A large crowd filled the lobby and looped around the entrance to the TheaterROCS stage at Xerox Auditorium Friday night as people waited patiently for the doors to open for PUSH Physical Theatre’s first show at Rochester Fringe. I gleaned from snippets of conversation in the rapidly overheating space that many had seen PUSH perform before and were coming back for more. They were, in PUSH parlance, “PUSHERS,” as followers are playfully dubbed on the group’s website.
Darren and Heather Stevenson founded the group in Rochester in 2000, wanting a vehicle in which to perform and create that embodied not just dance and not just theater, but a host of other disciplines, including mime, gymnastics and acrobatics. In short, it was to encompass whatever physical vocabulary they needed in order to convey what they wanted to express. In fact, the company includes a classically trained actor, Jonathan Lowry; a parkour (climbing urban spaces) instructor, martial arts expert and gymnast, Andrew Salmon; and an actor, juggler, and gymnast from Cirque du Soleil, AviPryntz-Nadworny.
The company’s first piece last night, the premiere of “The Evolution of Aviation,” immediately demonstrated the impact of combining these various forms of movement and expression. The members of PUSH possess a startling ability to transform their bodies into other entities through movement, sound, and expression. Without using any props, the performers became gliders, helicopters, and planes, as well as the pilots of these vehicles. Starting with the basic position of laying stomach to the ground, arms hovering sideways like wings -- the plunky strains of ragtime music establishing the time period - the group progressed to more elaborate depictions of flying machines. A flurry of hands became propellers. A central dancer supported a smaller dancer in the air on either side of him to become a plane’s wings. PUSH possesses the beguiling ability to access the inner world of the imagination through physical transformation, that innate gift of early childhood that most of us, sadly, left behind long ago.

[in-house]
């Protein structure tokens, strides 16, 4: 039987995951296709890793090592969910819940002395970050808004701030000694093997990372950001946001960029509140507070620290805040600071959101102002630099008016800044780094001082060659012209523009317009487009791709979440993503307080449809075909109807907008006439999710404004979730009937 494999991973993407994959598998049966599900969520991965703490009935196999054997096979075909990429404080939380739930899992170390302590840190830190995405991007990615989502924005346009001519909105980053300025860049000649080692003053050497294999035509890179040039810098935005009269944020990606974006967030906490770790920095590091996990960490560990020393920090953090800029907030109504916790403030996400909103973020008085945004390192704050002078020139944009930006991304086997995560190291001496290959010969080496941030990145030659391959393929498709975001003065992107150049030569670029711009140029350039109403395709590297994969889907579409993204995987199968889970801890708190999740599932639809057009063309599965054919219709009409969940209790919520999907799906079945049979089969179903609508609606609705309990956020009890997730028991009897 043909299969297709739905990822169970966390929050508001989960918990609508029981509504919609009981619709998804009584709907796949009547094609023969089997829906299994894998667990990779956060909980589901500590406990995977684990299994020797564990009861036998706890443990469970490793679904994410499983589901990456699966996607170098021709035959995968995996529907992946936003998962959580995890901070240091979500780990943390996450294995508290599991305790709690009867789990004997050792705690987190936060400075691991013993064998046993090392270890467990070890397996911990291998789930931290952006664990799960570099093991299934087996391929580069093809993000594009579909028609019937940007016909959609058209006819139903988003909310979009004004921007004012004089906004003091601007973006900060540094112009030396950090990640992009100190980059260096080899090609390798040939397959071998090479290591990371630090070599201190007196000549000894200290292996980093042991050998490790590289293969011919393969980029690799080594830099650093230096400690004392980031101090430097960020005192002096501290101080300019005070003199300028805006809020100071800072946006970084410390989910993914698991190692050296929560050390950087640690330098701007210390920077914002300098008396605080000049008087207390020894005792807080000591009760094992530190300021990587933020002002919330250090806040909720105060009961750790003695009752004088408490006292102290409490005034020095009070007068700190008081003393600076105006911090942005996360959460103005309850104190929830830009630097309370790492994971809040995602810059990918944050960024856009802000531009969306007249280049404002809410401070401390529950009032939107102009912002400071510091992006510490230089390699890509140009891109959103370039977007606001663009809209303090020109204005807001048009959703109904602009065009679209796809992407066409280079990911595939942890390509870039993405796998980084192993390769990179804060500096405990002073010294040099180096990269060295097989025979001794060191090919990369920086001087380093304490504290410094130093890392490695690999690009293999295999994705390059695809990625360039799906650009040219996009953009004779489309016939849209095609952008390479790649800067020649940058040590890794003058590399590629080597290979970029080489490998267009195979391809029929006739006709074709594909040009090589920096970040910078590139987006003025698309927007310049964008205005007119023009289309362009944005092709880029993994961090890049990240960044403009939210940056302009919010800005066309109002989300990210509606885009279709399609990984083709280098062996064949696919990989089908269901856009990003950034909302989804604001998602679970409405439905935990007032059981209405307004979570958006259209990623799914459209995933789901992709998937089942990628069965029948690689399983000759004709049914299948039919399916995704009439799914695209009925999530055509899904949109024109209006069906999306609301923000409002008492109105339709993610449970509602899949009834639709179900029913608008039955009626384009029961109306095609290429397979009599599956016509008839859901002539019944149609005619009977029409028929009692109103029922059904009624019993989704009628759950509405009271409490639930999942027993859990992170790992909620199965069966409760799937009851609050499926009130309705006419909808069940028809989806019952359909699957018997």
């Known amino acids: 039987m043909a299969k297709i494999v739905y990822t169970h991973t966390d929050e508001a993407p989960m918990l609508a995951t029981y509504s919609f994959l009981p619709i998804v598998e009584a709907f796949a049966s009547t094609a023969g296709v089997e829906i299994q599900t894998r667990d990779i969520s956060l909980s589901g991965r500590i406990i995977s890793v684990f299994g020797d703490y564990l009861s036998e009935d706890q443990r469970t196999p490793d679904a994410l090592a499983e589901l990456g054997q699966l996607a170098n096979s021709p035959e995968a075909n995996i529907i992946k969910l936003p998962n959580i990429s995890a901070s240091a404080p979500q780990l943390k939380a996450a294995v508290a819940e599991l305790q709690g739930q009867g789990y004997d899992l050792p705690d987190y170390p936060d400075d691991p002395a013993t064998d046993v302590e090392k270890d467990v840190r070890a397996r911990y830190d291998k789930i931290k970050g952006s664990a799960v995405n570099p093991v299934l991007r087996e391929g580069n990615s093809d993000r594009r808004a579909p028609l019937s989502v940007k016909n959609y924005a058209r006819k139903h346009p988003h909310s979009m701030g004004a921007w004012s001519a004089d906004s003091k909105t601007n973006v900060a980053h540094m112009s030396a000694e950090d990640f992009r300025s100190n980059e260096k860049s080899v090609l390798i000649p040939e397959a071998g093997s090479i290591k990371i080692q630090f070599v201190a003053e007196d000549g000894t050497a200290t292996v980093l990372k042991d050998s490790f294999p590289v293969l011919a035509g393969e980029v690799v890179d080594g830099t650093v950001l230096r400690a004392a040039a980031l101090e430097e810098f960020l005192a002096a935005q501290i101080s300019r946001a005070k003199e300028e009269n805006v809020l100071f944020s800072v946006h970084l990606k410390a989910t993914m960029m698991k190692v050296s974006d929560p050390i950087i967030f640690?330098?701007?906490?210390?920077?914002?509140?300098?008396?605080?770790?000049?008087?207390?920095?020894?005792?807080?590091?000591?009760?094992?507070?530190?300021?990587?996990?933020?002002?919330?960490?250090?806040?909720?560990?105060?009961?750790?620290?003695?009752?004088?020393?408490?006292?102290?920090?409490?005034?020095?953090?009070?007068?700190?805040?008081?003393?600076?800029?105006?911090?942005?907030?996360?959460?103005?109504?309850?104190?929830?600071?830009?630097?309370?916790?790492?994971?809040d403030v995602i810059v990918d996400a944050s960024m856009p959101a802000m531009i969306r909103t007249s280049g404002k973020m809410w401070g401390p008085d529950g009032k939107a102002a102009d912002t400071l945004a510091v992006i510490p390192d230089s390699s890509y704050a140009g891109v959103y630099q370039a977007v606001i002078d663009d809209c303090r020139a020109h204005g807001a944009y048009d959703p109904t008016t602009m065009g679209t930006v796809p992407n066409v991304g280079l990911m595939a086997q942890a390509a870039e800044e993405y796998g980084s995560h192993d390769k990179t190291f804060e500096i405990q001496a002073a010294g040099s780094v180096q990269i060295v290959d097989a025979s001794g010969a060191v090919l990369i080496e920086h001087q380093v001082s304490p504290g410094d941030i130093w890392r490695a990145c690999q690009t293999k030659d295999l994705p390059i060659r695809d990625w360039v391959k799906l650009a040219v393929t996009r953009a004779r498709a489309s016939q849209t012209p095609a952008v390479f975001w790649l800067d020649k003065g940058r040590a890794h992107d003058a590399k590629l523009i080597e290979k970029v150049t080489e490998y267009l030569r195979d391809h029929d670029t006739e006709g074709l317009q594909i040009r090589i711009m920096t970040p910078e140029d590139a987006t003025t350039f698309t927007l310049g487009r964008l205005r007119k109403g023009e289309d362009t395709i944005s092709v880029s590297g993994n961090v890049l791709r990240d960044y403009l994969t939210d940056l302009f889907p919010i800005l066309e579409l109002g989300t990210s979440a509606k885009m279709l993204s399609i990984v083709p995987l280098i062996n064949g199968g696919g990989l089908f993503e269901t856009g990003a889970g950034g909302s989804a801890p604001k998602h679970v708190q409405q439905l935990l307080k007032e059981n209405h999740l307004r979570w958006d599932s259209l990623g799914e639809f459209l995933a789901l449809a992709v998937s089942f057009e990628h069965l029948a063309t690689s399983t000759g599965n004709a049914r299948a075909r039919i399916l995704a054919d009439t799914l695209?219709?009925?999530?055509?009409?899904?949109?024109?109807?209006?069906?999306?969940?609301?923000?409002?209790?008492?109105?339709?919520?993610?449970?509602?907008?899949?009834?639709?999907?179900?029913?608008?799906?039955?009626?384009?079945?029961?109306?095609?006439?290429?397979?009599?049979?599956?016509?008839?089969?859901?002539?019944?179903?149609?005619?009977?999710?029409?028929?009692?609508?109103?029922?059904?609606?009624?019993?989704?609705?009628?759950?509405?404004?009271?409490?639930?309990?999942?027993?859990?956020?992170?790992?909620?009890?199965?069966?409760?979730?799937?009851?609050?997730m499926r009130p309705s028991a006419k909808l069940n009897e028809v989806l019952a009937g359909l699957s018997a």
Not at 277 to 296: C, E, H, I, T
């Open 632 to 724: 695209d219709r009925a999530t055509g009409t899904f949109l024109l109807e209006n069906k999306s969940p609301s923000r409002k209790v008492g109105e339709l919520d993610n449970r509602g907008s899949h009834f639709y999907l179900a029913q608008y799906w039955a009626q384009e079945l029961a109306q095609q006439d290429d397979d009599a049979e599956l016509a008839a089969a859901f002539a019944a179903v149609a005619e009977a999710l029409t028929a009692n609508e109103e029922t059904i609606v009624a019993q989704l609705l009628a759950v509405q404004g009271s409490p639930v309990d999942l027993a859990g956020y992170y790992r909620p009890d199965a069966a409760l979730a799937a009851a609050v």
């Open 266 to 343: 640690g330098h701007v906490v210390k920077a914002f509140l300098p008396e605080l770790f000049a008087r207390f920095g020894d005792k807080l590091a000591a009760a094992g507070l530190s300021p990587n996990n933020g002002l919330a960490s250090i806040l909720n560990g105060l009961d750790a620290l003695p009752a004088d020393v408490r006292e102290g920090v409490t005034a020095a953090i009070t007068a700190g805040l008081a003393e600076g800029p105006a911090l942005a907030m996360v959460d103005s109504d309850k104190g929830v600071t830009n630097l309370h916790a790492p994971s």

The audience responded with resounding enthusiasm throughout the show, bursting into laughter or chuckling with appreciation again and again. In fact, humor and accessibility are part of the group’s wide appeal. Unusual for a dance company -- almost unorthodox, in fact -- Darren Stevenson spends substantial time on stage during every show addressing the audience, his truly funny anecdotes and insightful, self-effacing quips chipping away at that limiting wall between performers and their audience.
By far my favorite piece of the evening was the gut-wrenching “Web,” a dark departure for the group. The 2011 piece closely examines both the savagery of abuse and violence and its emotional and psychological fall-out. Lowry was superb as the victim, literally harnessed and roped to his torturers who yanked him around and mimicked striking him with ugly sneers on their faces. Lowry’s classical background was evident, as finely filtered expressions moved across his face to convey the pain, fear, and bewilderment at the brutality he was enduring. His body was no less expressive than his face. He recoiled again and again as would an animal under attack, each time his resistance fading incrementally. The most affecting 10 seconds of the night’s performance -- in fact, the most affecting 10 seconds of anything I’ve seen in Fringe so far -- transpired after the brutes had finally tired of their tormenting, unleashed Lowry and left him, a collapsed heap of humanity. Salmon turned abruptly then and mimed a final fierce jerk in the air. Brilliantly choreographed, Lowry responded as if he were still wearing the rope; his body spasmed up into the air, then collapsed back into itself.
(NOTE: PUSH Physical Theatre performs again Saturday, September 22, at 10:30 p.m. in the Xerox Auditorium. Don’t miss it.)